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DAC39J82: Can the SYSREF pins interface with a LVDS fanout chip?

Part Number: DAC39J82

Hello

We want to use a LVDS chip (IDT 8P34S1102NLGI) to connect to the SYSREF pins of the DAC39J82.  According to the IDT datasheet, it lists its DIFFERENTIAL OUTPUT VOLTAGE as 247mV - 454mV.

Can the DAC see this differential voltage?  Its weird that the SYSREF LVPECL inputs have Vcm = 0.5V yet most LVPECL VCM are much larger.  Thats why I am hoping that the IDT LVDS fanout buffer will still work.

Please assist.  

The IDT datasheet is here:

Thanks,

Layne

 

  • Layne,

    The DAC requires a minimum of 400mV diff input and the IDT part has a minimum of 247mV. I would not recommend using this part.

    Regards,

    Jim

  • Hi jim


    Thanks for your quick response.

    Do you have any recommended DC-coupled fanout drivers that will sit between a LMK04828B and DAC39J82 SYSREF inputs?  Something with LOW noise?

    thanks

  • by the way, the IDT part was chosen for its "low additive phase-noise".  Does TI make such a part that will work for my applicaiton?

    thanks

  • Layne,

    I suggest you post this to the high speed clocking forum and send them a block diagram of your system clocking. They should be able to provide you with the best solution.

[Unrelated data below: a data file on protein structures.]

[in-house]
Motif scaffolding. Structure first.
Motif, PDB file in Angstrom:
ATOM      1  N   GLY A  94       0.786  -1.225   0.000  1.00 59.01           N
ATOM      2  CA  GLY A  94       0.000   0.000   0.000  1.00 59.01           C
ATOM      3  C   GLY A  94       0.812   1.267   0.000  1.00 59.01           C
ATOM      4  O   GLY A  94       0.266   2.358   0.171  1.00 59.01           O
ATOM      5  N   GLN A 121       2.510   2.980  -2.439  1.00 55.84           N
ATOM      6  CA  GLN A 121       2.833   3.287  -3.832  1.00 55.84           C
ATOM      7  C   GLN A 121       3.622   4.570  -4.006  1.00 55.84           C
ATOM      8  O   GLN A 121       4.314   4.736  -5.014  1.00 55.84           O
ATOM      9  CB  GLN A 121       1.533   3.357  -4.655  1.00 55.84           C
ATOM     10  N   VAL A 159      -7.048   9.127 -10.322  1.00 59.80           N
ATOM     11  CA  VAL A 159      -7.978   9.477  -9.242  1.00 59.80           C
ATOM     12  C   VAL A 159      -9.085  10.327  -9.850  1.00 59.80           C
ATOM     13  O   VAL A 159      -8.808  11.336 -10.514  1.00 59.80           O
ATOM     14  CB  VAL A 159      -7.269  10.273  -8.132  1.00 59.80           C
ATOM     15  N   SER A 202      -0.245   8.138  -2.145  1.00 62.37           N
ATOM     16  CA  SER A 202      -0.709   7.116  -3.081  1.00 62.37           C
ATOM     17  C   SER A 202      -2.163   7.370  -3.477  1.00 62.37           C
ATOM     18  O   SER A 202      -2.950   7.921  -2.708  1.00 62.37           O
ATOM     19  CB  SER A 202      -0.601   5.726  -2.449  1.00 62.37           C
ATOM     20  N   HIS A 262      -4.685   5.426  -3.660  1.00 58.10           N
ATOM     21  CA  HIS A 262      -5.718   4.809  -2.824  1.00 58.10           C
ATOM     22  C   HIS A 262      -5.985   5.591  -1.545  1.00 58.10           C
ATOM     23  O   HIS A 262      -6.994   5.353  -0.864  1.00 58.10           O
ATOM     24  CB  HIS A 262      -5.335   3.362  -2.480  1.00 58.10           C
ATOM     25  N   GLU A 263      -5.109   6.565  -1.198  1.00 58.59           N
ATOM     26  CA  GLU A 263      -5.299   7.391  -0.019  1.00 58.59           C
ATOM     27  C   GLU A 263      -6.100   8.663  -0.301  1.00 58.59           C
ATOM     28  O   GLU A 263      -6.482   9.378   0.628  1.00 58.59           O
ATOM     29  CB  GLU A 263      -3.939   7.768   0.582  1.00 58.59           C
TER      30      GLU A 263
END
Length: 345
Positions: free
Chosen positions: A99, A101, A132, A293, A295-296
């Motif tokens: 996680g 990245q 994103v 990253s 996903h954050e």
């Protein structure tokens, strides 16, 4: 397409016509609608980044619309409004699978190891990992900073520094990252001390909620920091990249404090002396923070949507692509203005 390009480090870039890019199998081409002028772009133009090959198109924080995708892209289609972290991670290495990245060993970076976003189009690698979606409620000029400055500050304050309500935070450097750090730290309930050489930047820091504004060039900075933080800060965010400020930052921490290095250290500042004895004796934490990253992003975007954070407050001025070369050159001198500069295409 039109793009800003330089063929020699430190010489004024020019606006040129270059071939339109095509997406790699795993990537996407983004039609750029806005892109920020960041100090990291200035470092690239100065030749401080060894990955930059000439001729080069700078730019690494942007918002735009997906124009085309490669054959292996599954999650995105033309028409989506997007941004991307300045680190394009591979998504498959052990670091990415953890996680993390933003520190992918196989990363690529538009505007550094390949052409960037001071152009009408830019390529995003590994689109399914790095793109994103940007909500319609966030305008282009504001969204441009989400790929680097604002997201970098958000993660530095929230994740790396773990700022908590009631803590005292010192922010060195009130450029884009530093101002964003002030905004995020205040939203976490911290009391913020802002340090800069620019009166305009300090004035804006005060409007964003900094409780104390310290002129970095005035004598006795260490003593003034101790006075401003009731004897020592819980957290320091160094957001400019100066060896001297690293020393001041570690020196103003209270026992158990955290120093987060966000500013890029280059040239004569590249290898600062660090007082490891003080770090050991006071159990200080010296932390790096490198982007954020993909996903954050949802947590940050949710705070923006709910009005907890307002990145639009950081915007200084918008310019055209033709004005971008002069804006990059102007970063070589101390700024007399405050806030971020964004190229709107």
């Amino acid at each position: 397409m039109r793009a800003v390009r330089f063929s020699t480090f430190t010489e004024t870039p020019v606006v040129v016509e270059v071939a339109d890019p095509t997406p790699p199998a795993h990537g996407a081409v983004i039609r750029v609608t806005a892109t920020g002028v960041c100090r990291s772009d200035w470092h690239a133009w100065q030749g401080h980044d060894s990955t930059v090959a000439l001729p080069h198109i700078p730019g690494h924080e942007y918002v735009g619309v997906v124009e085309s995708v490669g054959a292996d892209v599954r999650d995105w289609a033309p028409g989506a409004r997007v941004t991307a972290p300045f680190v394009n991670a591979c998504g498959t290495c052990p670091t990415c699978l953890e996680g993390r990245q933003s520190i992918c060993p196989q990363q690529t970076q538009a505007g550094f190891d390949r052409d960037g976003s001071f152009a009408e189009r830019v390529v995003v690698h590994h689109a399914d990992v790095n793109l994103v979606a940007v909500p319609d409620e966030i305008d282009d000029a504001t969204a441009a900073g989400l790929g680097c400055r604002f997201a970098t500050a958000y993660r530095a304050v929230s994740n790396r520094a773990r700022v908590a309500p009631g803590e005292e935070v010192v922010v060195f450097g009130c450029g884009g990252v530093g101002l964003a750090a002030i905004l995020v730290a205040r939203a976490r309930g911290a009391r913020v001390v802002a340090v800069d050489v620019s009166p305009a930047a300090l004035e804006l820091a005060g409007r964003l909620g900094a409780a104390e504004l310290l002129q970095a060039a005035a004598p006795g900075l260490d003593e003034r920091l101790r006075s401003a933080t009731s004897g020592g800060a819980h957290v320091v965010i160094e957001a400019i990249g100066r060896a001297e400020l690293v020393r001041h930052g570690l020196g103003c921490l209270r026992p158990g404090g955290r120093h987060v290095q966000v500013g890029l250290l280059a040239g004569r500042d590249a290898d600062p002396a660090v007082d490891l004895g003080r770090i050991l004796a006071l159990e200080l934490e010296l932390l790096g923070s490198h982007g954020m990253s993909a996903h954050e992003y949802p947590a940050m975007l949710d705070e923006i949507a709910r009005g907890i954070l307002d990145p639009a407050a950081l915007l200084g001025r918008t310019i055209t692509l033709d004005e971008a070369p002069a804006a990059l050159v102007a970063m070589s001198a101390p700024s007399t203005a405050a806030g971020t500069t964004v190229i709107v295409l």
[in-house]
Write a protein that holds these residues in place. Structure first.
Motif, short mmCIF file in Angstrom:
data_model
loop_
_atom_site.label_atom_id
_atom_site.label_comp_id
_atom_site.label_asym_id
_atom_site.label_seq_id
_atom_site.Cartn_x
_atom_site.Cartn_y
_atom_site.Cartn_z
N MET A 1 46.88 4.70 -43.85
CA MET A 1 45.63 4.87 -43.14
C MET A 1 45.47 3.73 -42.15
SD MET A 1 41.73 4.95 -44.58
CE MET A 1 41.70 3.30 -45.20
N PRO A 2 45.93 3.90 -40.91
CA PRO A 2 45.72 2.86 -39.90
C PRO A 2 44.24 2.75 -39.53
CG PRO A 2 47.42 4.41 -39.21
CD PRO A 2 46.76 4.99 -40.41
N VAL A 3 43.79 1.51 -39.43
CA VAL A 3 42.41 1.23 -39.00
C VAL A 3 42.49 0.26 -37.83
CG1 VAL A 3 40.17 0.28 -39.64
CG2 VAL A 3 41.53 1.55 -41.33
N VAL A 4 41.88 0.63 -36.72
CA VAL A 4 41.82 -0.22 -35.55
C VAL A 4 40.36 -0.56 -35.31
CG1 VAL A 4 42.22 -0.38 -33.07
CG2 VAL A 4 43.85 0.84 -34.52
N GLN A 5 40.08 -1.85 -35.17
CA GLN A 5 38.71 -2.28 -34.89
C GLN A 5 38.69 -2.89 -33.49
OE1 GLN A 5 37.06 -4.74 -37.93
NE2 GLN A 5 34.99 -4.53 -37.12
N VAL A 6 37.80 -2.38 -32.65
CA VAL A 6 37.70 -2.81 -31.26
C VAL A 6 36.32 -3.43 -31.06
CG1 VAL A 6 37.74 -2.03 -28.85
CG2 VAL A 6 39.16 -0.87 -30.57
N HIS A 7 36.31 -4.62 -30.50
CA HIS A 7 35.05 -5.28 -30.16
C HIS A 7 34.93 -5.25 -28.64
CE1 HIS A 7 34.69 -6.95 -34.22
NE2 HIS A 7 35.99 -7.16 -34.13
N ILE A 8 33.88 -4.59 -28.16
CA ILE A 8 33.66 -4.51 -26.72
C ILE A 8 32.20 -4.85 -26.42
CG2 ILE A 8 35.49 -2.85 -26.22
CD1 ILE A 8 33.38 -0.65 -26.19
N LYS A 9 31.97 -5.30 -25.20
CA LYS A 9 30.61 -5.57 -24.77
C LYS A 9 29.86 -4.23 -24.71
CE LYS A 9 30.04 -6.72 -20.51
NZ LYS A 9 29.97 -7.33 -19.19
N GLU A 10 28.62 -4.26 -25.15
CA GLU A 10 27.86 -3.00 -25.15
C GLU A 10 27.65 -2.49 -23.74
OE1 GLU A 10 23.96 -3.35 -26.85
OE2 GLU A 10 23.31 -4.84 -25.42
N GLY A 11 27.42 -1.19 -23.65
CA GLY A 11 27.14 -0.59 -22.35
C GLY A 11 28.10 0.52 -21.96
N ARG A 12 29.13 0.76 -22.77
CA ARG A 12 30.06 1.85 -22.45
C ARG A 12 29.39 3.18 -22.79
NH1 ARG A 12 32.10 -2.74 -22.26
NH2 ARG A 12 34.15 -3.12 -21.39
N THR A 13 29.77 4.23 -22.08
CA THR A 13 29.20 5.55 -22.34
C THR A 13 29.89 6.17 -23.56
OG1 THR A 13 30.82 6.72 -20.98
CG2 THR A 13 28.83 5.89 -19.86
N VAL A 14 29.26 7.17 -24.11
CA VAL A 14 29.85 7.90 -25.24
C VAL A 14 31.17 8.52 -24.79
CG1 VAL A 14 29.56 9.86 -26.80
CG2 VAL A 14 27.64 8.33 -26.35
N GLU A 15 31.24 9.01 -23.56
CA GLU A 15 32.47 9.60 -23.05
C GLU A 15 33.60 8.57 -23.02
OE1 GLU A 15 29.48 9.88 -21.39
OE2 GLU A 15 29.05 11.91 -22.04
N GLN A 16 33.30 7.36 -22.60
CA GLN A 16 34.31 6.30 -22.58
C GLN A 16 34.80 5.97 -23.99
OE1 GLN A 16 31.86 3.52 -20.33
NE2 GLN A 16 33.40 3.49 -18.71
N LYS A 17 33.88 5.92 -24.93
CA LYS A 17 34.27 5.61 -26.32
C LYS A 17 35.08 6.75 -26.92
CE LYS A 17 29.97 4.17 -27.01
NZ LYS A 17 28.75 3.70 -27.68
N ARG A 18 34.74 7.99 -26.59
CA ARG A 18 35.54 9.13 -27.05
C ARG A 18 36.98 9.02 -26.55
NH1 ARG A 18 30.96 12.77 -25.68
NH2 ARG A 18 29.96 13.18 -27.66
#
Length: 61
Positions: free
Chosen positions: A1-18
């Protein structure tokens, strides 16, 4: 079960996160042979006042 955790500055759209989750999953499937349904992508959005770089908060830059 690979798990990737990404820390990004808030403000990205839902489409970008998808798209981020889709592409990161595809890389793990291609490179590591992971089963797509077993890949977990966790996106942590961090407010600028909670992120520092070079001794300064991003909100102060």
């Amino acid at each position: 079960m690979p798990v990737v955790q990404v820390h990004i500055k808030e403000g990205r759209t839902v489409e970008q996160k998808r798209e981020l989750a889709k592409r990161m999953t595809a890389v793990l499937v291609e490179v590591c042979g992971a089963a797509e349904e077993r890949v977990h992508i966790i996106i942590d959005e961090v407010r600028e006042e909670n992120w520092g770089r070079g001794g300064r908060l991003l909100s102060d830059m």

Regards,

    Jim

  • hi Jim

    actually I got a more specific question.  What is the range for the common mode voltage for the SYSREF pins?  The datasheet only specs 0.5V as typical.  

    I found a lvpecl driver that has VOH = 1.6V (TYP), VOL = 0.85V (TYP).  This implies that the SWING is 750mV and a VOCM of 1.2V.  

    Will this work for the SYSREF pins?

    thanks

  • Layne,

    The CM range is 0.25V to 0.75V. The inputs are self biased so you could also AC couple these as another option.

    Another option is to find a LCPECL driver. This is the output mode used by the LMK device on the customer EVM with a voltage divider used to bring down the swing and CM.

    Why are you not using the LMK to drive the SYSREF? This part was designed for this function and has 7 pairs of device clock/SYSREF clocks available.

    Since you are looking into using a separate device to drive SYSREF, you must be careful to meet setup and hold times for SYSREF with respect to the DACCLK. The LMK has many features to make this timing meet these requirements.

    Regards,

    Jim 

  • HI jim

    we are using the lmk to feed a clock to 4dacs and 4adc and a xilinx.  the lmk doesnt have enough i/o for our needs.  furthermore we need a dc-coupled connection because we generate a pulse on the SYSREF that is more OFF than ON.  Sort of like the GPS 1PPS signal.  if we use any ac-coupling that pulse will never be seen by any receiver.

    wow...i didnt realize that the CM range is so low. this info would be great to add to the datasheet.  only the typical values are listed.

    is the spec for the DACCLKP/N the same as the SYSREF, where the VICM is 0.25 to 0.75V?

    thanks for all your help in this matter

  • Layne,

    There is no min/max. The common mode is established by the bias network internally. As long as the clock driver present a higher impedance than the clock internal bias network, there shouldn’t be a min/max requirement. Since the clock is continuously running, you should AC couple this input and not have to worry about the CM.

     

    Regards,

     

    Jim